Night terrors often happen at predictable intervals. This means it's possible to prevent them with an effective solution called "scheduled awakenings," which involves simply waking the person before the onset of the terrors. There's even a device you can buy and place under a mattress to accomplish the task. The gizmo vibrates gently, bringing the sleeper out of deep sleep at the crucial point. According to some studies, the method works in 9 out of 10 subjects [source: Night Terrors Resource Center].
Don't Touch the Terror
It was a quiet night in Phoenix, Arizona, when Scott Falater stabbed his wife 44 times and held her head under water in the pool. When the police arrived, Falater said he had no memory whatsoever of the entire incident. He had, he said, been sleepwalking. Falater never denied that he had killed his wife, but he said he had no reason to do so. There were no known problems in the couple's relationship and no history of violence on Falater's part. He was convicted of murder, but many sleep experts said that his sleepwalking defense wasn't as farfetched as it seemed [source: Yuhas].
Pavor nocturnus (that's the fancy Latin name for night terrors), along with sleepwalking and confusional arousal, belongs to a subset of sleep problems referred to as "disorders of arousal." One can lead to the other. Night terrors, for instance, can turn into an episode of sleepwalking.
All of these parasomnias occur during non-REM sleep. Neuroimaging of the brain during those deep sleep cycles shows that the prefrontal cortex is dialed down to idling mode, and that's where it stays even when a person is sleepwalking. The prefrontal cortex is where we get those excellent executive functions like judgment, attention and planning. At the same time, certain pathways in the brain of somebody experiencing an episode of arousal disorder can be lit up, including those controlling sophisticated motor and emotional activities. Unfortunately that profile of switched-on, switched-off functions resembles some of the brain activity that shows up when people are violent while fully awake [source: Sicari].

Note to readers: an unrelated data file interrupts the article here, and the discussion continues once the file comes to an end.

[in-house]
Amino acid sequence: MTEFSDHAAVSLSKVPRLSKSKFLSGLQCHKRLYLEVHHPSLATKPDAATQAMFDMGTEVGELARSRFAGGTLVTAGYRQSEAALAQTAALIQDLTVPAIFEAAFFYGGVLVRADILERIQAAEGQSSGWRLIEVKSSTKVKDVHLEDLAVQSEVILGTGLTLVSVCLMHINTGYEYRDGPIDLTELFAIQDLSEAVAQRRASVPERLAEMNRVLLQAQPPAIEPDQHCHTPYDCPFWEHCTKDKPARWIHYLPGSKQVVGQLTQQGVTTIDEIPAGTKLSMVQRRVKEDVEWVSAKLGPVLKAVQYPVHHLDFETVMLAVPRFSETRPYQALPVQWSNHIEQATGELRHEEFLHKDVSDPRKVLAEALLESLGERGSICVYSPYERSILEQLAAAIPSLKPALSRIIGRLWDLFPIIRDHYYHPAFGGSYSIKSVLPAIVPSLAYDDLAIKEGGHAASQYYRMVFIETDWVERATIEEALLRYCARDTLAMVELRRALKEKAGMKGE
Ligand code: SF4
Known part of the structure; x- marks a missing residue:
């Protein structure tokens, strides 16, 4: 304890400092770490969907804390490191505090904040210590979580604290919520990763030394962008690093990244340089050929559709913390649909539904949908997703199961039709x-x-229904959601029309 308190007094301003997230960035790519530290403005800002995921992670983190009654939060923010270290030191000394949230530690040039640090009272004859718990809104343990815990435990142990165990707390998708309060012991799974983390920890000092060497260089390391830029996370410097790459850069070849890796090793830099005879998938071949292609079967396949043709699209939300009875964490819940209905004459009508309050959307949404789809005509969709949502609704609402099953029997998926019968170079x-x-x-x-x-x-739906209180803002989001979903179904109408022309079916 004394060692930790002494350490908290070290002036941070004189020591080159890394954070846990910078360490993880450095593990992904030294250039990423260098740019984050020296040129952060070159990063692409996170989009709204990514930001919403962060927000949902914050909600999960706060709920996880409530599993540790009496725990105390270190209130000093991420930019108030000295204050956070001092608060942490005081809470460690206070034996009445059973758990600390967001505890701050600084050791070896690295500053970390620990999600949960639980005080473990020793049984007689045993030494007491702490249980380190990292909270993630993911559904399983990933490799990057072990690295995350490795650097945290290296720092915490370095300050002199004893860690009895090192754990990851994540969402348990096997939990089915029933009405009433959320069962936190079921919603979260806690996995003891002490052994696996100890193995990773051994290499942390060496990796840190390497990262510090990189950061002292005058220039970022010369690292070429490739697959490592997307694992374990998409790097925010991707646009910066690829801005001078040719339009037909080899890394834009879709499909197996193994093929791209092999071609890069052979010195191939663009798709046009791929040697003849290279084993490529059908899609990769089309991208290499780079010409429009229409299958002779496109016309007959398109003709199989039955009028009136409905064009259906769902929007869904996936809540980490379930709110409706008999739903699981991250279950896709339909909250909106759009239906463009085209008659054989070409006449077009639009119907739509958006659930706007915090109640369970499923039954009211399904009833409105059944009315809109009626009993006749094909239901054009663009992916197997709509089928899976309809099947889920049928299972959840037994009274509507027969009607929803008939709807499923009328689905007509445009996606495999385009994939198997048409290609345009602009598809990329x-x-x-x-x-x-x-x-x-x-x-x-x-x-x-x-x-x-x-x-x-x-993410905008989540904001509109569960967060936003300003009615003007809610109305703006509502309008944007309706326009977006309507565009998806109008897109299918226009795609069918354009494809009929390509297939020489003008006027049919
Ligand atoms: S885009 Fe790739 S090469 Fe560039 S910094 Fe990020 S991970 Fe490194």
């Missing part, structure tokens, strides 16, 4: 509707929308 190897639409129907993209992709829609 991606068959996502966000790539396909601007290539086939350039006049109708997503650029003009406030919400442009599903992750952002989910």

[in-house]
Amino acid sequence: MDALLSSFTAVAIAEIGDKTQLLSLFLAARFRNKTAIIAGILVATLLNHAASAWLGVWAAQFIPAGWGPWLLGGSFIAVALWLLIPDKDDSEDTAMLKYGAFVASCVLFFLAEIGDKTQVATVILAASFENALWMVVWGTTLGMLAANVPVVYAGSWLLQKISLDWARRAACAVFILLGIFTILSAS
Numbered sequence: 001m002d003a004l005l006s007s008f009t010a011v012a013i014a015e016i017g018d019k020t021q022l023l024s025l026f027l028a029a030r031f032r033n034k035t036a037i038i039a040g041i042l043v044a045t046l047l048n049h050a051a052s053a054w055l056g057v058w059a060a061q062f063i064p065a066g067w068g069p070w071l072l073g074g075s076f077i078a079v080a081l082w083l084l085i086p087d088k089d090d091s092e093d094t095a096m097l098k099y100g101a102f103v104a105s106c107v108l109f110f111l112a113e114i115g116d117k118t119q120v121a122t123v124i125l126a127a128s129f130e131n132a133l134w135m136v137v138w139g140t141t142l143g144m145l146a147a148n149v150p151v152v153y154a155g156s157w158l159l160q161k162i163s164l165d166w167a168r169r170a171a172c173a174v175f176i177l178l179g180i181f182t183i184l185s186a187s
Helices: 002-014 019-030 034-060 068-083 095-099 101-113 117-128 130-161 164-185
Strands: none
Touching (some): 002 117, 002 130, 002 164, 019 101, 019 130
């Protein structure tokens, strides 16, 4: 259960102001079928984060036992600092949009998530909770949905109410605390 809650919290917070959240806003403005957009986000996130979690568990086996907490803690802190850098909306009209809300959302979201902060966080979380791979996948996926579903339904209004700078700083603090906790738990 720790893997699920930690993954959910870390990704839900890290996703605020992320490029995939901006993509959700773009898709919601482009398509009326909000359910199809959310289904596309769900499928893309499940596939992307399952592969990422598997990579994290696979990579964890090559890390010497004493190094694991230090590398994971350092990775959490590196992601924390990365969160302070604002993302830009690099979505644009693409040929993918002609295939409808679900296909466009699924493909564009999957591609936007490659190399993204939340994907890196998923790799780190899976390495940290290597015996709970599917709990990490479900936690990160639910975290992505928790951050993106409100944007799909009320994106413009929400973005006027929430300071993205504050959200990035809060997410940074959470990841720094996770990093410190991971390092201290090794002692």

Suspended somewhere between sleeping and waking, the parasomniac enjoys the worst of both worlds: fully capable of violence without any of the inhibitions that control it.
However, research has shown that violence usually occurs only when an aroused sleeper is touched [source: AASM]. The best thing to do if you see somebody experiencing an arousal disorder is to let them be.
Author's Note: How Night Terrors Work
When I was a kid I had a habit of sitting bolt upright in bed and screaming in what sounded like some alien language while staring at an invisible presence in the room. This, of course, freaked my parents out, and it scares me just thinking about it. Who was I talking to? In what language? It's all very well to say the whole thing was just some glitch in my developing central nervous system, but it's still pretty eerie, especially in the middle of the night.